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Award buoys swim teacher Award buoys swim teacher

A Hall of Fame inducts the founder of the Seal Swim School.

By ALESSANDRA DA PRA, Times Staff Writer
Published November 30, 2007



Therese Cullen Seal says she was raised in the water.

She gave her first swim lesson, to a toddler, at the age of 9. She earned $5 for it.

That's how her journey as a swim teacher began.

Last month, her love of water and passion for children led to Seal, now 65, being inducted into the U.S. Swim School Association Hall of Fame.

"I was completely surprised," said Seal, who has opened two swim schools in Hillsborough within the past two years. "To be honored by your peers, it's just very humbling."

Jeff Purchin, a member of the Arizona-based Swim School Association's board of directors, said that inductees have made exceptional contributions to the swim school profession and have at least 20 years of experience.

"She has made a lot of contributions with teaching ideas, managing ideas and she is a professional swim teacher," he said.

Seal, a native of Tarpon Springs, has been a swimmer since age 4 and an instructor for the past 30 years. As a child, she worked with her siblings at Wall Springs, a natural spring park the family once owned and operated in Pinellas County.

She started teaching at her Tampa home after installing an above ground pool in the late '70s. The business started out slow - she only had three students during the first year.

Later, she taught in schools around the Tampa Bay area before 1992, when she opened the Seal Swim School in Tarpon Springs with the help of her three daughters. She opened a school in Lutz in 2005 and another in South Tampa in 2006.

The school offers programs directed at all age groups, but focuses mostly on children because "there is such a need for the little ones."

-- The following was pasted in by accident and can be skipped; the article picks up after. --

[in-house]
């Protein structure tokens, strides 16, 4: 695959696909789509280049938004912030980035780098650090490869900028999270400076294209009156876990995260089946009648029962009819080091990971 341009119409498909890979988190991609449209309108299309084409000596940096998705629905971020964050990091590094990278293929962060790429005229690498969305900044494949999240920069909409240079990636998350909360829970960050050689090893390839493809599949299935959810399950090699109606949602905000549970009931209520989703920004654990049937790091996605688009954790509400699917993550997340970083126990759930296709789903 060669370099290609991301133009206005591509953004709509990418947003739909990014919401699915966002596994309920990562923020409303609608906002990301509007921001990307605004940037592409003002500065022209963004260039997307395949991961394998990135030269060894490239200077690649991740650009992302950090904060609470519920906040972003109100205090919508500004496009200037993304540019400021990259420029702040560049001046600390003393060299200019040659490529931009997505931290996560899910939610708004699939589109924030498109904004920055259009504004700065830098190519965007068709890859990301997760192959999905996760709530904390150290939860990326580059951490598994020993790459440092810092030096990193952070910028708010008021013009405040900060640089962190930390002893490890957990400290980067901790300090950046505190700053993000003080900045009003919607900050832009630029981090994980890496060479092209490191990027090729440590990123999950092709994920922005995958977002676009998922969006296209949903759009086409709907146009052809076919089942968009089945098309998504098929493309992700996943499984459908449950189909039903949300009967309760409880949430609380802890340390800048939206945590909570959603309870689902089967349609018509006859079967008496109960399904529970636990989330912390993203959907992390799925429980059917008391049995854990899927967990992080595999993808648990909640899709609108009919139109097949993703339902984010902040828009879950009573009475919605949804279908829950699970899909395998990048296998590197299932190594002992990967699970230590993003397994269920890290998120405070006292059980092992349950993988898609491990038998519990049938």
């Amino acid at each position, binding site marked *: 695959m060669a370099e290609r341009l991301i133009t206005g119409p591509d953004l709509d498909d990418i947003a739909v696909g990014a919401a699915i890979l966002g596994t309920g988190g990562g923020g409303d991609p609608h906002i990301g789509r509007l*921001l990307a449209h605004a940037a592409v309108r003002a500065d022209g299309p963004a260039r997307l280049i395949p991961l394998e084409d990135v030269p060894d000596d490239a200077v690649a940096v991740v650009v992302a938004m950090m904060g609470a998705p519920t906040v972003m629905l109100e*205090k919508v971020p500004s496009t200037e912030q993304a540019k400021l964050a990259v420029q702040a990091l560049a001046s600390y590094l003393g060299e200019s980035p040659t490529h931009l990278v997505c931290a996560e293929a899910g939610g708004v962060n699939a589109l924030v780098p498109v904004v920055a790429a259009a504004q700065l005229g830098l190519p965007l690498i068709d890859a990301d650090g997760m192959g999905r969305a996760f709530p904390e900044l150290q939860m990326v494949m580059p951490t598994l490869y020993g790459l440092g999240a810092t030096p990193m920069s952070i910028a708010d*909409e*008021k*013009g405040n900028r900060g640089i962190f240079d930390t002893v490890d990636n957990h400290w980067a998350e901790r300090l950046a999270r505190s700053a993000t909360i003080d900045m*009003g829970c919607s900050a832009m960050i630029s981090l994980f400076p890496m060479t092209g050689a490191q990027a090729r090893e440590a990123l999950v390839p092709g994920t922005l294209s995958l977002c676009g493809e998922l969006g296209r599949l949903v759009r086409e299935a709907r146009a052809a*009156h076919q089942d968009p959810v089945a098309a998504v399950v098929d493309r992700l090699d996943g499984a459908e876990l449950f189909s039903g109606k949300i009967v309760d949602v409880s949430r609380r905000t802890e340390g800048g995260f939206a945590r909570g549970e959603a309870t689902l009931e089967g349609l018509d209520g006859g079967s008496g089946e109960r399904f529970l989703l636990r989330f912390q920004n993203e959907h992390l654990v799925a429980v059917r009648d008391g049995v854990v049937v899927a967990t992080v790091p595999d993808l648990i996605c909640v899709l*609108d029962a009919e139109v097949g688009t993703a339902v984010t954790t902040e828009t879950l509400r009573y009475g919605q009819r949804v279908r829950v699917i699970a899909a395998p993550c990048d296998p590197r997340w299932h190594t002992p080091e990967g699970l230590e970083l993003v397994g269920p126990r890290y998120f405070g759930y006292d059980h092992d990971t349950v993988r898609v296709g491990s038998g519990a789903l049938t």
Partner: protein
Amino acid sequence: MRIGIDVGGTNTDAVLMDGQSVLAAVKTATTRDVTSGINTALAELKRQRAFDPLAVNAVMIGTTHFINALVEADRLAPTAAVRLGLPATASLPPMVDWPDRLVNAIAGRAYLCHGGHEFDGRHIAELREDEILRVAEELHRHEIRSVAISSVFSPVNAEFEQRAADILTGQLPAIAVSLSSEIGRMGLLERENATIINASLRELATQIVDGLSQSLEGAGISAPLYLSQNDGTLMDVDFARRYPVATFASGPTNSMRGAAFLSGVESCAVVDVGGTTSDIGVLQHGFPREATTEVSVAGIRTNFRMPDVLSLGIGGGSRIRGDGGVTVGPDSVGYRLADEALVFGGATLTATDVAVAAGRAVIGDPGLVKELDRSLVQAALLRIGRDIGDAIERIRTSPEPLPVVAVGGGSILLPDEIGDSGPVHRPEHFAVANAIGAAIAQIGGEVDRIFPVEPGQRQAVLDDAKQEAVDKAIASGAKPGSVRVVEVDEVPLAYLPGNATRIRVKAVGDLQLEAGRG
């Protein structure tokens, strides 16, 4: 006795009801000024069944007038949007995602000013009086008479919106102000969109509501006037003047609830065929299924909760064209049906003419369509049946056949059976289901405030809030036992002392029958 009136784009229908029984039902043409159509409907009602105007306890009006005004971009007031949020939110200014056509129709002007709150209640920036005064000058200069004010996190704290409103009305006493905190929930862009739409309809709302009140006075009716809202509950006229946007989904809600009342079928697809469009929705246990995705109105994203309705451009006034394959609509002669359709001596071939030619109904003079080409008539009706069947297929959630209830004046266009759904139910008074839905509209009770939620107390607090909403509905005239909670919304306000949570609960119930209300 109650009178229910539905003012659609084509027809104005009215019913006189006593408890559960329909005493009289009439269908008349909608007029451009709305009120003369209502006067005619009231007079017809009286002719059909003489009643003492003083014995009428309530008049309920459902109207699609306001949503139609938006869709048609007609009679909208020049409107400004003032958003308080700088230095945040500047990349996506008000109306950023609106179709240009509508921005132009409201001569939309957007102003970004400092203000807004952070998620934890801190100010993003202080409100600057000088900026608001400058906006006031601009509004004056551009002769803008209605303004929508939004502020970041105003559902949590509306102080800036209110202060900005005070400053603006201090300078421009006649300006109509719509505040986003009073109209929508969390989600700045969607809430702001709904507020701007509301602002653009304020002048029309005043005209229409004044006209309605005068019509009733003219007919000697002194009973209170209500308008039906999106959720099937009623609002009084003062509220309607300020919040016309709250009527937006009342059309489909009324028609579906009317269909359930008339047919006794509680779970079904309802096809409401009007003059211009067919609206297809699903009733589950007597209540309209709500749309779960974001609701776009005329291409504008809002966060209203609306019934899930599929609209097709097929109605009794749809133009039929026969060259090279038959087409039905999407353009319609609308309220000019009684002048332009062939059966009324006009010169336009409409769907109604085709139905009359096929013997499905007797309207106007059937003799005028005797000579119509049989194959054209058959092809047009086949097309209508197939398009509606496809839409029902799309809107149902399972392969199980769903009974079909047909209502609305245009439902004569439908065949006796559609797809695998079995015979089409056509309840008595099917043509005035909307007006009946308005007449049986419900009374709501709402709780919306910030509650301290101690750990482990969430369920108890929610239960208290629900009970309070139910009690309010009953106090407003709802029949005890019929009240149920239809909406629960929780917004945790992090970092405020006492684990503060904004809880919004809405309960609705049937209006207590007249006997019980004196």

Safety first

Safety has been Seal's main thrust. Over the years, she developed an educational water safety program for kids that consists of colorful instructional posters and an illustrated book, Swim Safe Little Seals, which she co-authored with writer and former lifeguard Jill MacGregor.

"For years we have done water safety programs, but I wanted something different, something new, something to really hook the kids with," Seal said.

She has taught the program at various schools in the Tampa Bay area and promoted and sold it at drowning prevention seminars across the country.

According to the Florida Department of Health, Florida has the highest accidental drowning death rate in the nation for children under age 4.

"If the children don't know how to swim, they don't have a chance, it just happens so quickly," said Seal. "You don't hear the child under water, they can't yell, they can't cry, and we just lose too many kids."

Through the years, Seal has taught swimming to generation after generation, as former students return to enroll their little ones in the school.

Jessica Flannigan of Tarpon Springs, 22, attended the Seal Swim School during her early teen years. Now, she takes her 2-year-old son Killian to swim there.

"She had high standards," Flannigan said. "She expected each student to give 100 percent."

Seal also gives special attention to students who may need it, like Killian, who had heart surgery at birth.

Last summer, Seal gave him private lessons for the price of regular group lessons, so his heart could be monitored at all times.

"(Seal) is very knowledgeable about what she does," said Flannigan. "She has a passion for kids and kids' interests in mind."

Helpful, yet fun

Kailand Cosgrove, 17, of Tarpon Springs is another former student. She has been a competitive swimmer for the past five years and is ranked No. 1 in her age group in the USA Triathlon.

Seal was her first swim instructor.

"She was very helpful; she is probably one of the best teachers," said Cosgrove. "She made everything very fun; she made us laugh."

Seal used to photograph Cosgrove and other students while they swam underwater. When Seal performed the butterfly in the pool, Cosgrove stopped to admire her, wishing one day to be as good as her teacher.

Seal, who now lives in Odessa, is grateful that her career has helped so many.

"I think of the years that I devoted to something that I just fairly love and to be able to do something and accomplish something like this, to do it with passion, it's amazing," she said.

[Last modified November 29, 2007, 07:49:31]

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